“We are extremely excited and blessed to have him come join our staff,” Coleman said. “(Palmer) brings a wealth of knowledge and experience to our team and our staff. We couldn’t be happier to have him.”

Spreading it out

Known for his balanced spread offense, Palmer takes over a unit that averaged just over 29 points per game and returns the bulk of its skill players for 2020, including twins Destin and Keaten Wade. Palmer’s vast experience with the spread offense will be a positive for the two.

“I really think I can help Destin become the quarterback he wants to be,” Palmer said. “I haven’t had a lot of opportunities to talk with him yet, but when we sit down and decide what kind of player he wants to be for Summit and at the next level, I know I can help him.”

Destin was 87-of-164 passing for 1,341 yards with 17 touchdowns in 2019. He also rushed for 727 yards and had 10 rushing TDs. At Shelbyville, Palmer’s team averaged just under 170 yards passing and 184 yards on the ground per game in 2019.

Taking a step back

Going from head coach to coordinator seems like a step back career-wise, but Palmer looks at this as an opportunity to take a step back to his roots. Without having to focus on other aspects of the team — defense, special teams — he can focus on putting together the best possible offensive game plan.

“It’s a little bit of a relief; there will definitely be less stress,” he said. “I had several offers to be a coordinator and even a few head coaching offers, but I felt this was the best opportunity for me and my career at this point.”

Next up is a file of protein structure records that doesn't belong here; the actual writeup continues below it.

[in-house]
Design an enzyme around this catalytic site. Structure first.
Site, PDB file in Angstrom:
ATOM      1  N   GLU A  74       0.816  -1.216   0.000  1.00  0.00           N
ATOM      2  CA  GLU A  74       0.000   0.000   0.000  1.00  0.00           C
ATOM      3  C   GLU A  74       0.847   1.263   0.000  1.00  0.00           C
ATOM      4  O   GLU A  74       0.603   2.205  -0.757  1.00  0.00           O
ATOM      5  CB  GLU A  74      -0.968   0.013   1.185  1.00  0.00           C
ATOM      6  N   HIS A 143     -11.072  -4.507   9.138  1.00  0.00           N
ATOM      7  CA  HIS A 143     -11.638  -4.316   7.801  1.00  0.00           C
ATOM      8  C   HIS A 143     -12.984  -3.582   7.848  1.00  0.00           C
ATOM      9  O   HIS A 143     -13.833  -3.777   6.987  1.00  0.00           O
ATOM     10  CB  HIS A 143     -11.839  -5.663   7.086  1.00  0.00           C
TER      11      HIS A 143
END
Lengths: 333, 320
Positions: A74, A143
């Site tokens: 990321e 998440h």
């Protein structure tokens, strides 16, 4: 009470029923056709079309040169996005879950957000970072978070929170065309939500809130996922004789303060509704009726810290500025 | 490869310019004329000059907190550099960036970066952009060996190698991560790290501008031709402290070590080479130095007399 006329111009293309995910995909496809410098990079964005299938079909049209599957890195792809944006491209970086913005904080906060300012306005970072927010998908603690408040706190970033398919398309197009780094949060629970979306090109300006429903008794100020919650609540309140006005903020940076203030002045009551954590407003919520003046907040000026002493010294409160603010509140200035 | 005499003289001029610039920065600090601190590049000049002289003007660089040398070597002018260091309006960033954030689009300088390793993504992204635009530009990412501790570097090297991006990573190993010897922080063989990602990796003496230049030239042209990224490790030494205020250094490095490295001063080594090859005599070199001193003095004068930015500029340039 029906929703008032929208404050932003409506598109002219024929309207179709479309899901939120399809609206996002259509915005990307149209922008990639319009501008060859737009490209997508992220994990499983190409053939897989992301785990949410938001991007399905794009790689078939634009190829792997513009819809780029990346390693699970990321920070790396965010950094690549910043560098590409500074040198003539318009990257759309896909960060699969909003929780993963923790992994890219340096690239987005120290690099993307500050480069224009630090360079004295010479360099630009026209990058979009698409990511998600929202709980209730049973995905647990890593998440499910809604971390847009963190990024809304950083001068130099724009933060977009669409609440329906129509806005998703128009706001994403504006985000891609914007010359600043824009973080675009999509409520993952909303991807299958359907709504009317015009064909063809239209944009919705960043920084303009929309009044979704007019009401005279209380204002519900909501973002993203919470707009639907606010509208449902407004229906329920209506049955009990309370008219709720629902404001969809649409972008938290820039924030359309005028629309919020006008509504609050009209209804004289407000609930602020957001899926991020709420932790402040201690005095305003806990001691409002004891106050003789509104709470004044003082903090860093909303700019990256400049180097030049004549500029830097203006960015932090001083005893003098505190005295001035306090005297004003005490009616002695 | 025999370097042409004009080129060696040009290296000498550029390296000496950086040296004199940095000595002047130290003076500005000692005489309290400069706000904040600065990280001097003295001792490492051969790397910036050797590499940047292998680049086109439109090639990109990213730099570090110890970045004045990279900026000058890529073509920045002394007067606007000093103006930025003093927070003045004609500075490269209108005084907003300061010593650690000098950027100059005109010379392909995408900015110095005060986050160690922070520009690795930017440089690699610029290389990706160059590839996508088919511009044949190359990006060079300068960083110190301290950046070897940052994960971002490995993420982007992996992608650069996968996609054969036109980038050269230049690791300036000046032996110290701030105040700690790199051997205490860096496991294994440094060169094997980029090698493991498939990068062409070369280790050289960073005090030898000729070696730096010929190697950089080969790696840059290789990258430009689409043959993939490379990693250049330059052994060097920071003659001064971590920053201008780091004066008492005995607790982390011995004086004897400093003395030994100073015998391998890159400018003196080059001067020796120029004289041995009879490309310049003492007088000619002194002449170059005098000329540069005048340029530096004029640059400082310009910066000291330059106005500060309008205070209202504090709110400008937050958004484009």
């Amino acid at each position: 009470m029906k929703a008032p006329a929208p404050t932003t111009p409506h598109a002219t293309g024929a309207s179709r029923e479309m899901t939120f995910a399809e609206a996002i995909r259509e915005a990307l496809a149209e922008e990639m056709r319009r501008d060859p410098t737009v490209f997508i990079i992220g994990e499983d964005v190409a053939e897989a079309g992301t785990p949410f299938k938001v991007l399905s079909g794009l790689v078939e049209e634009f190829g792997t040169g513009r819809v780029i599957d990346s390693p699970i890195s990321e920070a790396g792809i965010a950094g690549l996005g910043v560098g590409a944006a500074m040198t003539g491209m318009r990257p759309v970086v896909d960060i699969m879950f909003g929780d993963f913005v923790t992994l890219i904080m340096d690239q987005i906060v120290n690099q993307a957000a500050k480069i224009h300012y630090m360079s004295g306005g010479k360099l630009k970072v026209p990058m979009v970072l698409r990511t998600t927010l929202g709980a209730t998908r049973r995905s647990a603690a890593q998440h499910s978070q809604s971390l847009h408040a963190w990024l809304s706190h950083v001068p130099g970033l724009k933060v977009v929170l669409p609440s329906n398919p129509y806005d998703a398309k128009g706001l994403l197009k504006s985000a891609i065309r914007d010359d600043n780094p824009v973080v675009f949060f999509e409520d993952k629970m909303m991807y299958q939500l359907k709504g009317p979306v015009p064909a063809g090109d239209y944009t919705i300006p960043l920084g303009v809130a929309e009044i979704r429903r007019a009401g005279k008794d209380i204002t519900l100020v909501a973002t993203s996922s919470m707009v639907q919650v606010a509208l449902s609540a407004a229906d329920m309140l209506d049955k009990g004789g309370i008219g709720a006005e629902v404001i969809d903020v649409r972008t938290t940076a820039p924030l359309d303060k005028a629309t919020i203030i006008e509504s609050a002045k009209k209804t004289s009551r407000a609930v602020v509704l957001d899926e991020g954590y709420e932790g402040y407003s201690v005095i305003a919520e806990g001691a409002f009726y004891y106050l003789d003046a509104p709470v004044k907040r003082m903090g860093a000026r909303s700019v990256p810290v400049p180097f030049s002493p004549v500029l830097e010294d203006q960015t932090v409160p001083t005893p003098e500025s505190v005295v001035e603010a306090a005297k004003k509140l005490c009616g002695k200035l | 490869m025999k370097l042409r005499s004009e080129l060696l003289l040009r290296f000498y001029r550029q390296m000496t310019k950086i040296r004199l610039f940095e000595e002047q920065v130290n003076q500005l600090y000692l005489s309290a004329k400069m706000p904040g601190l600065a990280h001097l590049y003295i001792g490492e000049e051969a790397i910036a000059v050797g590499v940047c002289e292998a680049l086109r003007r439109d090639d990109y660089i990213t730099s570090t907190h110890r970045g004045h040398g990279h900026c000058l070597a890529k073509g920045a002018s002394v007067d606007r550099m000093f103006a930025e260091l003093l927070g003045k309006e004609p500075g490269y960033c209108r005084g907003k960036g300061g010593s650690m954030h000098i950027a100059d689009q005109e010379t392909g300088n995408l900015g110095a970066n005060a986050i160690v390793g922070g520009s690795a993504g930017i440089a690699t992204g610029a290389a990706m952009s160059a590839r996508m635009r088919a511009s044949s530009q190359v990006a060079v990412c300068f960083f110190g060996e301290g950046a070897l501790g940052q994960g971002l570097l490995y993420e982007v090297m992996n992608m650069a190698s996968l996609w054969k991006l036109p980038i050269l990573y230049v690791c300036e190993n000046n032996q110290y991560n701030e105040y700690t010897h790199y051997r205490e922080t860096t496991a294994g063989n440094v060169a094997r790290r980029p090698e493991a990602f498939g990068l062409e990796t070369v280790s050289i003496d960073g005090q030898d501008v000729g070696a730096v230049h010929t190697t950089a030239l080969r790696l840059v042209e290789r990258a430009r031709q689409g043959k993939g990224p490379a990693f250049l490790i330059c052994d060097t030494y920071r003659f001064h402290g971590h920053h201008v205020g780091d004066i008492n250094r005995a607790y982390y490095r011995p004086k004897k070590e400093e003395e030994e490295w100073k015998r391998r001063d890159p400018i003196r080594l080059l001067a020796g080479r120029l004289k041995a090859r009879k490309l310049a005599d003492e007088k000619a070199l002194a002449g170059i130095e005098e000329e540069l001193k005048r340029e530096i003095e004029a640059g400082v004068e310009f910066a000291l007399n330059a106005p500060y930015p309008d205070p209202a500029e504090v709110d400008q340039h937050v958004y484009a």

In their first staff meeting together, Palmer said he had to adjust his brain to remind himself when to jump into the conversations.

“I held my hand over my mouth to keep myself from talking because I’m usually the one doing all the talking,” he laughed. “I’m sure there will be moments when I have to keep myself from speaking out of turn, but (Coleman) and I have such a great friendship I don’t think it will make a difference.”

That friendship and experience may also help Coleman.

“He’s going to give us another educated opinion on the sideline when difficult decisions have to be made,” Coleman said. “We are happy to have his expertise to lean on.”

The pair are undoubtedly ready to take on the task of achieving the same goal on the same team for a change.

“Hopefully we can come together and get back to Cookeville and bring home a gold ball this time,” Palmer said.

Chris Yow is the multimedia director for Southern Middle Tennessee Sports. He can be reached by email at sports@sm-tnsports.com or on Twitter at @ChrisYow14.

Return to local gridirons hits snags

By Maurice Patton

As summer workouts for Tennessee high school football teams gear up under local COVID-19 restrictions, squads in Maury County are still on hold.

“Right now there’s not been a decision made,” Maury County Public Schools athletics director Chris Poynter said of plans for Columbia Central, Mt. Pleasant and Spring Hill to commence activities. “Our leadership is discussing a plan to reopen. Hopefully that will take place by the end of the week and we can let everyone know what the plan is for reopening and returning to athletics in Maury County.